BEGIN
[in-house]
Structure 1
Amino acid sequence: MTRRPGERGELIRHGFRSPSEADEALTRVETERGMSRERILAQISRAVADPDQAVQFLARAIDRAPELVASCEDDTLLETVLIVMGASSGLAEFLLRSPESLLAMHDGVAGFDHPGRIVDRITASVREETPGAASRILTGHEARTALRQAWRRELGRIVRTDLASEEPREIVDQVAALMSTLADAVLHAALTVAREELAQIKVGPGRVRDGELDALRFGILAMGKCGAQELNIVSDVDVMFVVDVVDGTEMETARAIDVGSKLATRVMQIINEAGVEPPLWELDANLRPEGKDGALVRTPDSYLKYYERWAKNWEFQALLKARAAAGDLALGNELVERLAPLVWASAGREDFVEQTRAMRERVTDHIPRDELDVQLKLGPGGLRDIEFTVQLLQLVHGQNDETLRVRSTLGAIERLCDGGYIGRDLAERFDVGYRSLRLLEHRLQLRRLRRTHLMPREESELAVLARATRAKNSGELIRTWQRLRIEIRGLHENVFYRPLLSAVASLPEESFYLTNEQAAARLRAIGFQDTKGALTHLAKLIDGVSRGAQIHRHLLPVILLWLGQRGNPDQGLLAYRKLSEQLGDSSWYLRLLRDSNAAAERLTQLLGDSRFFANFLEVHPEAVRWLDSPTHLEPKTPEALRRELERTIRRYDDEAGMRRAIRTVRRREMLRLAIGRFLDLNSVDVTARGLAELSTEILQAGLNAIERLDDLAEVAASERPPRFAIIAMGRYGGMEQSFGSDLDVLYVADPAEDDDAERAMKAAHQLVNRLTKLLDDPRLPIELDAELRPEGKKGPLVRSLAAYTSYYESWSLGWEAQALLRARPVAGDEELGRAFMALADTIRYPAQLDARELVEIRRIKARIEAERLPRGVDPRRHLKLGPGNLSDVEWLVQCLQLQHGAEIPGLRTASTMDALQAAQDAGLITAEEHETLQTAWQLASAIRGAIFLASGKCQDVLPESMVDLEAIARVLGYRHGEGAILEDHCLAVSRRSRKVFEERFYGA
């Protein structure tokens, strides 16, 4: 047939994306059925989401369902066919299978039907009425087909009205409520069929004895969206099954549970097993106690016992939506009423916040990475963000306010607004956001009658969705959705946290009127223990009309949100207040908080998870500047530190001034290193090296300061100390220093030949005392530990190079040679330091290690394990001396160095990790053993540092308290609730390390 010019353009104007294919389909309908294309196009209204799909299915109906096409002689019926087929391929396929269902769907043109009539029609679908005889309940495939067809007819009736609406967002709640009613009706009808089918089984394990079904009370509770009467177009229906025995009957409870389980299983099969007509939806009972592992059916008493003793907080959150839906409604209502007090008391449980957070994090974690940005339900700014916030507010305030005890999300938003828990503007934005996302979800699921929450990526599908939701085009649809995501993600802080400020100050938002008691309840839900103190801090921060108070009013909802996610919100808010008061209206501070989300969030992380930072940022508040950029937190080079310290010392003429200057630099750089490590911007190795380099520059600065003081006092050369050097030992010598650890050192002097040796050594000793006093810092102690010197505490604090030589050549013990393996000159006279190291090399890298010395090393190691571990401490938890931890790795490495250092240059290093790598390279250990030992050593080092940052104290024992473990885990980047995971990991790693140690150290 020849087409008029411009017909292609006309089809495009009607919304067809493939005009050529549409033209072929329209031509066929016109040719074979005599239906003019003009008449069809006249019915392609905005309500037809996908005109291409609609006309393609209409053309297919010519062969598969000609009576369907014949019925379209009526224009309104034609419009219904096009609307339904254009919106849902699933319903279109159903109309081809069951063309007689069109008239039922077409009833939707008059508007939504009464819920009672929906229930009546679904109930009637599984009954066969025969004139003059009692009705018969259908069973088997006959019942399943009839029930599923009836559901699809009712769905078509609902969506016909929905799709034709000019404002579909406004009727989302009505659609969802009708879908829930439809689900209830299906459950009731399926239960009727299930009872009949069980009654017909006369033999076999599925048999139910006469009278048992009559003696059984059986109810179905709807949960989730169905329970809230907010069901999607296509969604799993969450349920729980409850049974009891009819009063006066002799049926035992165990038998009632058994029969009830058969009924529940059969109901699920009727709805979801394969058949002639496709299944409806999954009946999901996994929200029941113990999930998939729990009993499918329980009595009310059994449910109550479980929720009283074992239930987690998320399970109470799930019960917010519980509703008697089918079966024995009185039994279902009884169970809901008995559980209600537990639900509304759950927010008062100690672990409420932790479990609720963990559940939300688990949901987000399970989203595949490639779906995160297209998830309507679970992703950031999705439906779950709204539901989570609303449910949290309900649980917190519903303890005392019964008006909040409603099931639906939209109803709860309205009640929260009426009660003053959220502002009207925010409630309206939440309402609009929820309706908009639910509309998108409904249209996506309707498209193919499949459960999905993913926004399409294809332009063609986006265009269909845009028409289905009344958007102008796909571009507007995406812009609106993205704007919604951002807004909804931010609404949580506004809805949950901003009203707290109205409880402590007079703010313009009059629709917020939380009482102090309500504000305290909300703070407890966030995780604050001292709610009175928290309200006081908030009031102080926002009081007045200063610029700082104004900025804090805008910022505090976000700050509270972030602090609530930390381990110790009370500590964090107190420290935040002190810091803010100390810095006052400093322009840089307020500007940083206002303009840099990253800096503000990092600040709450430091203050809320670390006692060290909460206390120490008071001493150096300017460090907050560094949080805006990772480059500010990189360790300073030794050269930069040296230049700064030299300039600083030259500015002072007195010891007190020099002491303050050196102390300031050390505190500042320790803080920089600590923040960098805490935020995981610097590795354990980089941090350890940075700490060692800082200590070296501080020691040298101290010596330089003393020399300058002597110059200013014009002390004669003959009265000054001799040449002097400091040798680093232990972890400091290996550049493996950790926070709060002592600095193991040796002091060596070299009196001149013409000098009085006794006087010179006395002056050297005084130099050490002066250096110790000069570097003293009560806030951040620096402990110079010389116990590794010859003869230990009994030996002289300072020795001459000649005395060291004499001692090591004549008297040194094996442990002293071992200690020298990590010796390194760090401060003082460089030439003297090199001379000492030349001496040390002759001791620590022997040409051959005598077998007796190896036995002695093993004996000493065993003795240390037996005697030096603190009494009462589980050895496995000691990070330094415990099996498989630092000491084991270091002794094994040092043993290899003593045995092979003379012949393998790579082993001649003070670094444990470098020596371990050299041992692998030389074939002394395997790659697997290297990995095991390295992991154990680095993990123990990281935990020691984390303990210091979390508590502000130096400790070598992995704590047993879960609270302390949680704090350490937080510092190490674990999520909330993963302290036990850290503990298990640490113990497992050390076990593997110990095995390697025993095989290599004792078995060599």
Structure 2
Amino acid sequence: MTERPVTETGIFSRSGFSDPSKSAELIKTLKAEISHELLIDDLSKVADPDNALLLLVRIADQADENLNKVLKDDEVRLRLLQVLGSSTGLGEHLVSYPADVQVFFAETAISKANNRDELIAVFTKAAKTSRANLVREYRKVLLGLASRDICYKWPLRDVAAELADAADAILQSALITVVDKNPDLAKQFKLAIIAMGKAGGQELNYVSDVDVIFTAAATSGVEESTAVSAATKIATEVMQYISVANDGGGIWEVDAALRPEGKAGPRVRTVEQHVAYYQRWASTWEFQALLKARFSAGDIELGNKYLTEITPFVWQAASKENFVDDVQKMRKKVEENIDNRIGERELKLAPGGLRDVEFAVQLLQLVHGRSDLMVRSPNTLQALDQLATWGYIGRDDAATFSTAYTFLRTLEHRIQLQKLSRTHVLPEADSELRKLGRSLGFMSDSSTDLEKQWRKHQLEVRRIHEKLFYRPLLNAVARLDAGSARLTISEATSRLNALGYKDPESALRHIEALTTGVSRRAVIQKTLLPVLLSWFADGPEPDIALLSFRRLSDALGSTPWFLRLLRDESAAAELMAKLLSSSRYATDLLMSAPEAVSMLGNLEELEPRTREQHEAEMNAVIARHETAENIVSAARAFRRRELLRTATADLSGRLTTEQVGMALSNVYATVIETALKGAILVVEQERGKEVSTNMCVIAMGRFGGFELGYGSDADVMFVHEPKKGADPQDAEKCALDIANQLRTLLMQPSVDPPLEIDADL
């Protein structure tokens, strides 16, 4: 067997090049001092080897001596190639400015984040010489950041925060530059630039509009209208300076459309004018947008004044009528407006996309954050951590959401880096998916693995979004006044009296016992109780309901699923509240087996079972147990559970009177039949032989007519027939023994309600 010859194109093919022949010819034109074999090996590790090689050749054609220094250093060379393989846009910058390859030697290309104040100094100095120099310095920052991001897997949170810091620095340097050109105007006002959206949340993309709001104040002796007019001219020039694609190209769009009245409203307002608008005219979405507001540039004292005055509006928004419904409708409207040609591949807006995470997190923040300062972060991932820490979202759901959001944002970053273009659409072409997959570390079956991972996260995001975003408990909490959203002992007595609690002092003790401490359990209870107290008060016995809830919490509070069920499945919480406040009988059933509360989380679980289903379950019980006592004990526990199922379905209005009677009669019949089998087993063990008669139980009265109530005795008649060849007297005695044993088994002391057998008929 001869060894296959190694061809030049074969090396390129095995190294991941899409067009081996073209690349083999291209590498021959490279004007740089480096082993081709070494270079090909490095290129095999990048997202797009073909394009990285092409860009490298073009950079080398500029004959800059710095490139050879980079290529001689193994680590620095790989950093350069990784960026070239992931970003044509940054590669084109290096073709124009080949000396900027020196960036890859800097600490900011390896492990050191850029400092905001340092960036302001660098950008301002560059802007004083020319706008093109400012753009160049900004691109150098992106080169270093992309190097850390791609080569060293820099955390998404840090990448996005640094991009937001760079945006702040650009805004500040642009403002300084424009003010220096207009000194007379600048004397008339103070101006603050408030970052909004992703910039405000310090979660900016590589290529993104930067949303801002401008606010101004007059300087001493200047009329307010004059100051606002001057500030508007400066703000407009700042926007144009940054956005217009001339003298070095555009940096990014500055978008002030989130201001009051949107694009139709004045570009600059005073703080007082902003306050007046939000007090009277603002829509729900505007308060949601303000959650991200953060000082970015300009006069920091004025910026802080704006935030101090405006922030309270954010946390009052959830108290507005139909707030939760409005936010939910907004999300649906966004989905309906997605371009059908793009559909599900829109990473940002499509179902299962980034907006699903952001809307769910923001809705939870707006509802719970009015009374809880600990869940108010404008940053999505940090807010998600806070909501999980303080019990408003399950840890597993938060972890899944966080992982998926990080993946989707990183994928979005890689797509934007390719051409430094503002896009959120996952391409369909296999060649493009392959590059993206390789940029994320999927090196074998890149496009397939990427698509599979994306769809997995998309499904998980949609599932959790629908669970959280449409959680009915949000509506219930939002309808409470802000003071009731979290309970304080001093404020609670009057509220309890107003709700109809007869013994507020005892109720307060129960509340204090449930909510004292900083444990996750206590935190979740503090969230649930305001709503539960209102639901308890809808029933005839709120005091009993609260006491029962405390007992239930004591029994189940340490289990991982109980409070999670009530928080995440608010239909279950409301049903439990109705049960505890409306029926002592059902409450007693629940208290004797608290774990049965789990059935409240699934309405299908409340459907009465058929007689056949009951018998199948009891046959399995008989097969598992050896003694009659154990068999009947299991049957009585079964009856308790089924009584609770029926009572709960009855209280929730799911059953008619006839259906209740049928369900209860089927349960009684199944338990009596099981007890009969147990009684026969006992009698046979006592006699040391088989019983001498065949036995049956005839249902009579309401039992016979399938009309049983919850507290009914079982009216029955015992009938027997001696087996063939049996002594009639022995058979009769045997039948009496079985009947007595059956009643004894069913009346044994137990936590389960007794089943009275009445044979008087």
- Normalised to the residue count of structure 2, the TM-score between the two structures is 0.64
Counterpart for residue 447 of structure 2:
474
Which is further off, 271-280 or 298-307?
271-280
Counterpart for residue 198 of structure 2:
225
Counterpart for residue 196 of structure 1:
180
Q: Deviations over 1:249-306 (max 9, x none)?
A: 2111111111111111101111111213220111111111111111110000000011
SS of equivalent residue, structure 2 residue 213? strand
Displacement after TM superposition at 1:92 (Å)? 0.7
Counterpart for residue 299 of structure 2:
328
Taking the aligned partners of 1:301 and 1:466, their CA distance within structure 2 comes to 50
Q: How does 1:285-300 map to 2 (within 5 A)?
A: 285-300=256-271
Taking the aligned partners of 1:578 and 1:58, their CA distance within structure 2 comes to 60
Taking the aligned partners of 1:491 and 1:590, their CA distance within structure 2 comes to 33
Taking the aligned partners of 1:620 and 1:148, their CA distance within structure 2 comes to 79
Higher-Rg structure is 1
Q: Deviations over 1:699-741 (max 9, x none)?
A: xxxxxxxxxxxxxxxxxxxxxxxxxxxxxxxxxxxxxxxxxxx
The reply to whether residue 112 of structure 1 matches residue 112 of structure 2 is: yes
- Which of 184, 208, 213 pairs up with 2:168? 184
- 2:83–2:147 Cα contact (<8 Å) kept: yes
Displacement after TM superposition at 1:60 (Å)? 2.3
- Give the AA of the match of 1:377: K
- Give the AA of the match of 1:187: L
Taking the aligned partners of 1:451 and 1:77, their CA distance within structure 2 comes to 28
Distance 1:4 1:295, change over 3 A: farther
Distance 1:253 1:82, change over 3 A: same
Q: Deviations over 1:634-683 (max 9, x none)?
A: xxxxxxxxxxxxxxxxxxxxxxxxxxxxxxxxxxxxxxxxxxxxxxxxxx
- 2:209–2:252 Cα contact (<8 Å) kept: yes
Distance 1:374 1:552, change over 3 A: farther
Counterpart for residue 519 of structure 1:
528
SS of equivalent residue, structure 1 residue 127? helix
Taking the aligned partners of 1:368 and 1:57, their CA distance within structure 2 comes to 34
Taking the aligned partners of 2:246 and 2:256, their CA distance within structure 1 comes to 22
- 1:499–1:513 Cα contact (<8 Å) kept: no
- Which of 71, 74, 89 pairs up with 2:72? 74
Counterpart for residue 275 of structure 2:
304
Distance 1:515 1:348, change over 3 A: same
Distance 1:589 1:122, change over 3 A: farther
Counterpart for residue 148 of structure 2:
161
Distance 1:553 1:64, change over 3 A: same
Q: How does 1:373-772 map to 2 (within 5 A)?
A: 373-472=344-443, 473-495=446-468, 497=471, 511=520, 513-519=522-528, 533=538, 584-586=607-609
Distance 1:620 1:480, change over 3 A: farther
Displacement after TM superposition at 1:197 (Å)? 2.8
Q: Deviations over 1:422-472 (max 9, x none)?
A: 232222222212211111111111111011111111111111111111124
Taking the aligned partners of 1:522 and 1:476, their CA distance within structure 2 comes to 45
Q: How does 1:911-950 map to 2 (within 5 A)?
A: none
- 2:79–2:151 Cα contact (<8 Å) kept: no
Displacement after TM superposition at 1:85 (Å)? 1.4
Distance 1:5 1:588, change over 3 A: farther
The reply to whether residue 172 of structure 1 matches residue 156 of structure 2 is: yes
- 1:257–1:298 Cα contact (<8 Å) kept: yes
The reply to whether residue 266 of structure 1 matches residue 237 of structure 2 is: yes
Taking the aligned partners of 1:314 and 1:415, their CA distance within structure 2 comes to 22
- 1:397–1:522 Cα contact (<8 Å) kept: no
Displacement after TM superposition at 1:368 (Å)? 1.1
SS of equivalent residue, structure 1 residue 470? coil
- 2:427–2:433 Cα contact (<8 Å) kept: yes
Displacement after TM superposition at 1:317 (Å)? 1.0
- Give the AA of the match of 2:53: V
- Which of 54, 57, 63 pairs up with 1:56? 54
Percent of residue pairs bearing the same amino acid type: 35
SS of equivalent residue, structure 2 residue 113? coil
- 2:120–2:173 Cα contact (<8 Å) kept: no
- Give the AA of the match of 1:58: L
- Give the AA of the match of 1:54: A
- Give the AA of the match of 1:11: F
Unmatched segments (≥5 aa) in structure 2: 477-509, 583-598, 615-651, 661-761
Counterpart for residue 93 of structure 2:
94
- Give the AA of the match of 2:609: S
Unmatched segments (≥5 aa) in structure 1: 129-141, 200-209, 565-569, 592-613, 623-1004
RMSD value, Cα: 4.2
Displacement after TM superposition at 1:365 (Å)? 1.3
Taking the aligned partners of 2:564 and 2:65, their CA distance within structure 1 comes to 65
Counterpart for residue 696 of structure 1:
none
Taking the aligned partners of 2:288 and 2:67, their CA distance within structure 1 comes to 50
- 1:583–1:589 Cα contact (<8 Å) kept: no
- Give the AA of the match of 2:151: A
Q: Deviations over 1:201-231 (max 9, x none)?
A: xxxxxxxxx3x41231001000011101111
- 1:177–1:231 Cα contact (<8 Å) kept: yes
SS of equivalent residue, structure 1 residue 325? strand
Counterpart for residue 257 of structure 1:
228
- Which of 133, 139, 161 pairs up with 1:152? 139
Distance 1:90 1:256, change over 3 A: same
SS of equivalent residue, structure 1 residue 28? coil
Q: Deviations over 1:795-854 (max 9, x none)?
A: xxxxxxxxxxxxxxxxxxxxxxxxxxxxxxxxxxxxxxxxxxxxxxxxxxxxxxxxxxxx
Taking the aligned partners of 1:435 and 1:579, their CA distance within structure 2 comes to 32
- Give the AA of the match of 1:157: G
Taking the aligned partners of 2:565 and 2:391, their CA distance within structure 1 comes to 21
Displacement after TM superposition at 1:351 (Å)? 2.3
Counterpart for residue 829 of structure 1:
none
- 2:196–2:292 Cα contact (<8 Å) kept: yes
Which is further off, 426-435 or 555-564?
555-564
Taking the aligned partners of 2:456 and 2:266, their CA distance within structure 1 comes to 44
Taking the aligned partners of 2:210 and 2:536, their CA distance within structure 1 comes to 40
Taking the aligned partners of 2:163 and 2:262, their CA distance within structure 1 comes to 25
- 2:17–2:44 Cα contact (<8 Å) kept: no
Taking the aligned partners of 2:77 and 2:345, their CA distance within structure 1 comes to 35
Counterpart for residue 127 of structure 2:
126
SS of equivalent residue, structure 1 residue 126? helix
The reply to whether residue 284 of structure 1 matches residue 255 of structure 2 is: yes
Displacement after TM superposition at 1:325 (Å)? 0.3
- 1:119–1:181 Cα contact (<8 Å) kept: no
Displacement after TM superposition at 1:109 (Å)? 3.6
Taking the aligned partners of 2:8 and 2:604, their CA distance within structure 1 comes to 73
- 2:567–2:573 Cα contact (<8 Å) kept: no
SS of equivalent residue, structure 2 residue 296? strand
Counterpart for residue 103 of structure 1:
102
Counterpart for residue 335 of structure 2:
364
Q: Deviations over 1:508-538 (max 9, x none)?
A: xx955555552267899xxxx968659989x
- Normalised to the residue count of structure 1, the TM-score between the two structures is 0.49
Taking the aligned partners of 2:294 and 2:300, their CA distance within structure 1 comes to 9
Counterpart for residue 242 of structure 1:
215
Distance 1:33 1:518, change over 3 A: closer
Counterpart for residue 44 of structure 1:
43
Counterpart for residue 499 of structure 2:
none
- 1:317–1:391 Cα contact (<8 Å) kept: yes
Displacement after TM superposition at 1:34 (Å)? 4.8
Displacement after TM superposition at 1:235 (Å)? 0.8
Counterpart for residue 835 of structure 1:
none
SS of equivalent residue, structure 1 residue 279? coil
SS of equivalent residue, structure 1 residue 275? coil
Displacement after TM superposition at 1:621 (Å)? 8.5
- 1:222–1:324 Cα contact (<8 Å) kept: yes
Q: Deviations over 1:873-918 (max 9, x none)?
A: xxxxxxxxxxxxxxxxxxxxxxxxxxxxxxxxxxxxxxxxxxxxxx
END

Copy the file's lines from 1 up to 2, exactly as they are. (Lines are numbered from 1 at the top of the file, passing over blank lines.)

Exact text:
[in-house]
Structure 1